Noted Mexican artist Frida Kahlo is the latest subject to be featured by Knightsbridge´s Victoria & Albert Museum this year, in a retrospective of her work entitled ‘Freda Kahlo: Making Herself Up.’ It’s been somewhat of a coup for London city as this is the first time any exhibition showcasing her most cherished possessions has been allowed outside of Mexico. The exhibition displays a broad range of the feminists personal possessions where a thoughtful selection of clothes, self-portraiture and photographs all help the casual observer and fan alike to gain a more personal and intimate appreciation of the icon. Kahlo´s work first shone brightly when surrealist artist Andre’ Breton arranged for her very first exhibition at New York´s Julien Levy Gallery way back in 1938 and the rest, they say, is history.
“ I paint myself because I am so often alone and because I am the subject I know best. ” – Frida Kahlo
With over 200 objects on display, many of which have been gleaned from both Mexico’s Museo Frida Kahlo and her home known as the ´La Casa Azul´ (which remained sealed until 2004 by her husband Diego Rivera following her untimely death in 1954). Such an array of intimate items give us a broader viewpoint of Kahlo not only as an artist and a cripple, but also as a woman. You can expectt to see personal letters, jewellery, garments and necklaces that had been made by Kahlo herself and reflect the heritage of pre-Columbian Mexico, which was always a hallmark of her work. These exhibits, alongside decorative hand painted corsetry all add to the flavour of the artist and help to unravel the mythos of her art, which number just under 200 that were made over her short lifetime.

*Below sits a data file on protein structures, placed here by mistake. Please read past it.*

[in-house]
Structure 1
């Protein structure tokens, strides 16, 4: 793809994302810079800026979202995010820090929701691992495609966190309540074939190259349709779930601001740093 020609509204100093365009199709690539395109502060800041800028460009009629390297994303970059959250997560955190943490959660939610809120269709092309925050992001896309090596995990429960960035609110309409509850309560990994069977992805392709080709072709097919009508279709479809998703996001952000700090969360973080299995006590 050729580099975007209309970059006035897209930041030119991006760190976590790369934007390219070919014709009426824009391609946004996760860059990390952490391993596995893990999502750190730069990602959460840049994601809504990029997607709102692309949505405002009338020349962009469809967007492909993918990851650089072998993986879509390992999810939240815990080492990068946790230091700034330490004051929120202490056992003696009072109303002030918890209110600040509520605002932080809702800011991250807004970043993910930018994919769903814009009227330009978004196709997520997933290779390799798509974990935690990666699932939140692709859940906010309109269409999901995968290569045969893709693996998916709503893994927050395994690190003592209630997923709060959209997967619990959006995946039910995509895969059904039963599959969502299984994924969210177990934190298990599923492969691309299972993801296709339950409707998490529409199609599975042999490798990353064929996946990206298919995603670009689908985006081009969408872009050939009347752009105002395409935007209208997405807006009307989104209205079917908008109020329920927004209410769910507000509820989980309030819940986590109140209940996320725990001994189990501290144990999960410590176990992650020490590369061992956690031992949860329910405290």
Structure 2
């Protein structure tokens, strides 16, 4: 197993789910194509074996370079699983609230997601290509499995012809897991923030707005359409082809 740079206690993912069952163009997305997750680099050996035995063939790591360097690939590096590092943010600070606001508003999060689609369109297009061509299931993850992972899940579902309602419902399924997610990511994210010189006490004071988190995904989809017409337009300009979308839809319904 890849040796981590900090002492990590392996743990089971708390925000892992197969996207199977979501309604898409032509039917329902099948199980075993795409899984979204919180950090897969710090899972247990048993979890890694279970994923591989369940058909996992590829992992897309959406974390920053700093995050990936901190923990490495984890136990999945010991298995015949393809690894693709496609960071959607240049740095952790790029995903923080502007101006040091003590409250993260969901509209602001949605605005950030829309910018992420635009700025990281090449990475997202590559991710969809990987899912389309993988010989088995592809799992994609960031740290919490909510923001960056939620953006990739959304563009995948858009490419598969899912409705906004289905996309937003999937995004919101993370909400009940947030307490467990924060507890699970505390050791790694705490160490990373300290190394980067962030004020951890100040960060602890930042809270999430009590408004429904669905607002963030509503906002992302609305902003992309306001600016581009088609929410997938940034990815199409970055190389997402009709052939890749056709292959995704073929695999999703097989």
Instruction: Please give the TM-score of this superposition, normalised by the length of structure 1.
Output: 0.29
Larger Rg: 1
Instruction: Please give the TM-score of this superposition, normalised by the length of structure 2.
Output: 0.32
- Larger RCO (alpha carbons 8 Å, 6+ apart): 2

These reflections of a life less ordinary are skillfully weaved with audio visual images of the artist and perhaps the most poignant exhibits are the various items of medical ephemera that highlighted across the long periods of illness following Kahlo´s serious bus crash at 18 years old. Entwined amongst these memories are the make-up items including Kahlo’s eyebrow pencil ,’Ebony’ and her Revlon lipstick ,’Everything’s Rosy’ which both appear to be in mint condition, acting as a poignant reminder of her instantly recognizable mono-brow and ruby red lips that became something of a self-portrait trademark.
“ Many believed her to be a a Surrealist, but she wasn’t. She never painted dreams, she painted her own reality. ” – Charles Daniel McDonald
Her immobilisation following the crash and long periods of enforced bed rest are thought to have helped galvanize Kahlo to explore self-portraiture using mirrors, which were attached to her bed. As such, these promoted a strong interest in exploring her own identity and that of her country; thoughts which are reflected in her personalisation of many spine braces and bodices with vivid color and inclusion of symbols relating to Mexico’s cultural identity.
With the Tate Gallery having recently referred to her as one of the most important artists of the twentieth century, there is now a resurgence of interest in Kahlo’s work. She is now realised and well accepted as an artist who struggled through great personal and emotional sacrifice to produce her work and is the embodiment of a strong individual of her time who reflected an emerging feminist ethos out of the chaos that came to be known as the Mexican Renaissance. Just the ticket to empower the next generation of women of today.
Article: Charles Daniel McDonald
Photography: Victoria & Albert Museum